Boy Suspended for 2 Weeks for Wearing Hair in Braids
Once again, a child of color is being persecuted via a school dress code. Hope Cozart, the mother of 11-year-old Maddox Cozart, says her son has been forced to in-school suspension and is required to complete his schoolwork in a cubicle because of his braided hairstyle.
Maddox, whose father is Black and mother is white, told his mom he was interested in exploring more of his African heritage, especially hairstyles.
“We try to teach our kids about all of their culture. Black, white, Native-American, everything,” Cozart told KCENTV. “They like to explore their culture. We looked at African tribes and how they braid their hair up. Bantu knots and all the meanings of all that.”
Maddox was given in-school suspension on April 5 because of his braided hairstyle and has been there every day since. According to a letter sent to the Troy Independent School District by the McCoy Law Firm, the attorneys representing the Cozarts, “Maddox was then given in-school suspension (‘ISS’) on April 5, 2021, based on his hairstyle. Maddox has since been given ISS every subsequent school day as a result of his hairstyle. This action has denied Maddox an education equal to that of the other students at Raymond Mays Middle School. As Maddox has been placed in a cubicle away from his classmates while on ISS, Maddox has also been denied any real opportunity for socialization, which is critical to any students’ development and education, especially considering the isolation all children have experienced this past year due to the pandemic.”
“I think that their dress code policies are outdated,” attorney Waukeen McCoy told KCENTV. “There’s a lot of Texas independent school districts that have outdated policies which prevent male students from having ponytails, pigtails, buns. It has no legitimate basis at all. It has nothing to do with educating the students. Clearly, to me, it’s discriminatory to his race and his culture.”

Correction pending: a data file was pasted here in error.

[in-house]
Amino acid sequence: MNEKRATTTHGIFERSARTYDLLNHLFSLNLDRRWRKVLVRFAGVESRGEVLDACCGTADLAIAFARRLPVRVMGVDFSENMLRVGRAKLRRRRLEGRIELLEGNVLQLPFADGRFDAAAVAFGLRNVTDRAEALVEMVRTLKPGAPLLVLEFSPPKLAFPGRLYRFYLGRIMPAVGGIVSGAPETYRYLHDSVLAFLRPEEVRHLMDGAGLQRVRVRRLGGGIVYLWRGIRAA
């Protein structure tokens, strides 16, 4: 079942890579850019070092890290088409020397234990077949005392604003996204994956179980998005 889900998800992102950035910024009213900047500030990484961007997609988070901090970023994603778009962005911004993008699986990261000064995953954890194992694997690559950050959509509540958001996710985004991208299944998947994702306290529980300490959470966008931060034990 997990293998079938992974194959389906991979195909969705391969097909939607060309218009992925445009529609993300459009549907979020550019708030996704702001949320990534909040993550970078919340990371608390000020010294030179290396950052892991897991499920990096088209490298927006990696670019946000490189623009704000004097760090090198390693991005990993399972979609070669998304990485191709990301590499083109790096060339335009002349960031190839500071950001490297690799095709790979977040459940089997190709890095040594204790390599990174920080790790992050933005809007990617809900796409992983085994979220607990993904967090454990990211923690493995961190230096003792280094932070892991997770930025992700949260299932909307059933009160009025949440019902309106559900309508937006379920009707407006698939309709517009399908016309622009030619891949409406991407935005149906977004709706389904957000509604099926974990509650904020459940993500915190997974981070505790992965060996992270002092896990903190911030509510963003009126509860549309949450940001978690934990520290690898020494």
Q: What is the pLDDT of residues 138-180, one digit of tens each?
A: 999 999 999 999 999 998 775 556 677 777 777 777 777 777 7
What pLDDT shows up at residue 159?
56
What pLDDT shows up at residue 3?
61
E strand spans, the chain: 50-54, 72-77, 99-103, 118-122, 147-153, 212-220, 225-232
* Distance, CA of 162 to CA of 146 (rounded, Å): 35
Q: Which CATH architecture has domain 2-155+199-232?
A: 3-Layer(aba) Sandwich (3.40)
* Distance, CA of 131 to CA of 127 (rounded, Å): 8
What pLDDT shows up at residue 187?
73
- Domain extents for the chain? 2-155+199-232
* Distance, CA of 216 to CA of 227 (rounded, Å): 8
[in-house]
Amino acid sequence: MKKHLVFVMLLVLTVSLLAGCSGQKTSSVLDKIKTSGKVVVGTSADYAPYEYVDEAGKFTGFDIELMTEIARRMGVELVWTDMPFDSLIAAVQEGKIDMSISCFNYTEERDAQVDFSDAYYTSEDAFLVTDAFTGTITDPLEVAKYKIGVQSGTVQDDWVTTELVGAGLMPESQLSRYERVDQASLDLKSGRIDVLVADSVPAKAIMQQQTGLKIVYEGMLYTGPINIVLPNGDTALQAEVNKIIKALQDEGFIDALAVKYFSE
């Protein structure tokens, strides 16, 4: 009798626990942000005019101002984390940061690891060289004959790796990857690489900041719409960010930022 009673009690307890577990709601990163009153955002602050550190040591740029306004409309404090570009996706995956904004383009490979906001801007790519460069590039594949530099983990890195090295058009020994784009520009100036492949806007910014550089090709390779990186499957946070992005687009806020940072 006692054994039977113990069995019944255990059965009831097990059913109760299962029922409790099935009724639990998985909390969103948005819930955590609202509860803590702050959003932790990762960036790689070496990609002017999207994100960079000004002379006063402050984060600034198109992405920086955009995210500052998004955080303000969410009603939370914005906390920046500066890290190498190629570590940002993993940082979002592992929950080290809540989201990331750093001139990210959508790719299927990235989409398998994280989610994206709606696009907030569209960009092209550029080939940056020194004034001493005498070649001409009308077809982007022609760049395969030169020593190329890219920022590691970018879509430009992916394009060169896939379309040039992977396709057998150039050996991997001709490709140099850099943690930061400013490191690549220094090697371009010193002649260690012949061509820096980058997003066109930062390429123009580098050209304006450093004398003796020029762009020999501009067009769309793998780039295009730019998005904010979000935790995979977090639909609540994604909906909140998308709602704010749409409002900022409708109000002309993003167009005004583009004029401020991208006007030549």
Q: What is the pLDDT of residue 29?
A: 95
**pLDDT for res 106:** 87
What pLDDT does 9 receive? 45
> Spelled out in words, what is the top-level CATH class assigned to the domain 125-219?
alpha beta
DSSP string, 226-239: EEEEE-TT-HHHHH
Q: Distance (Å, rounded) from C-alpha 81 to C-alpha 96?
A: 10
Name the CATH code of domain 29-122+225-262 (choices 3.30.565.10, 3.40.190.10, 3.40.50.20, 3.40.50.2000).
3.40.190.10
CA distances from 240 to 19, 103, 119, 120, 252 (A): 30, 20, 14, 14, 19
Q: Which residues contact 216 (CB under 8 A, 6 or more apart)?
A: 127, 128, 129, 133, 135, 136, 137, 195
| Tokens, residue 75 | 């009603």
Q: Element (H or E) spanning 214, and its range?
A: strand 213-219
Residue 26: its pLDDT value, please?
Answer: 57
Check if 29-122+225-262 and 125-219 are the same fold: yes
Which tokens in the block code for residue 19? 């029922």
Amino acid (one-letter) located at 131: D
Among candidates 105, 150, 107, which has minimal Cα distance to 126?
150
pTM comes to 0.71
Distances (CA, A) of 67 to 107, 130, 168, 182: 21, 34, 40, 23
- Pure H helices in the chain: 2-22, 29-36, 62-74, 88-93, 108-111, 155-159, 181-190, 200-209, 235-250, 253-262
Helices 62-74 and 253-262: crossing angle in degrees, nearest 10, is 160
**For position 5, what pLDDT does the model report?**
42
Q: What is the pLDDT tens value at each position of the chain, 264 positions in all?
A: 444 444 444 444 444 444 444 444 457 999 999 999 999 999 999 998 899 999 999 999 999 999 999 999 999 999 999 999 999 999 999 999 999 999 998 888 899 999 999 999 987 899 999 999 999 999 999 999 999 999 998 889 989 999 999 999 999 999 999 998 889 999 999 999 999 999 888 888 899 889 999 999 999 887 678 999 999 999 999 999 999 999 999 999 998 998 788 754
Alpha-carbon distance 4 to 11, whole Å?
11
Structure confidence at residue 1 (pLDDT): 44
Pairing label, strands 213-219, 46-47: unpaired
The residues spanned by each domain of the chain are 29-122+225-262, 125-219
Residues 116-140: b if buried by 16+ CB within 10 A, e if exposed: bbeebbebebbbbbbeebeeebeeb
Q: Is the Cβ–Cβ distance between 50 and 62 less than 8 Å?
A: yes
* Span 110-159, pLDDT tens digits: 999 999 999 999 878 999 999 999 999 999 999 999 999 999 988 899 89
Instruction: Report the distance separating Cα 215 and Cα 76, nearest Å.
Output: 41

Unfortunately for students of color, this type of prejudicial harassment is not an isolated incident. Policing of natural hairstyles has become disgustingly commonplace whether it’s a referee cutting a student athlete’s dreadlocks before a wrestling match or not allowing students with locs to attend their own graduations.
“Dress code has always been about policing the body,” Dr. Christopher Emdin, associate professor of Science Education at Teachers College, Columbia University, and author of For White Folks Who Teach in the Hood, told SheKnows last year. “What’s happening right now is that we are pushing back against the concept of policing without purpose or controlling without really good reason, and one of the mechanisms that we use to police and control in schools is dress code and hair styles [rules].”
Dress code rules are not only insensitive but they put on full display the anti-Blackness and racism ingrained in the American education system — a system whose rules put students of color at a disadvantage.
“When young folks are free to be who they are in the classroom, they learn better,” Emdin said. “They’re not consumed by whether or not [they’re acceptable]. They are not worrying about how they are going to be perceived or interpreted. They’re not worried about: am I breaking a rule or am I not? Am I going to anger somebody? And the reality is, when a young person is consumed by how adults are viewing them, based on how the hair grows out of their head, for example, they don’t have the mental space to also learn.”
The Cozarts’ lawyers would like the school board to change its dress code, but the school superintendent told KCENTV on Thursday that no such changes are on the school board agenda at this time.
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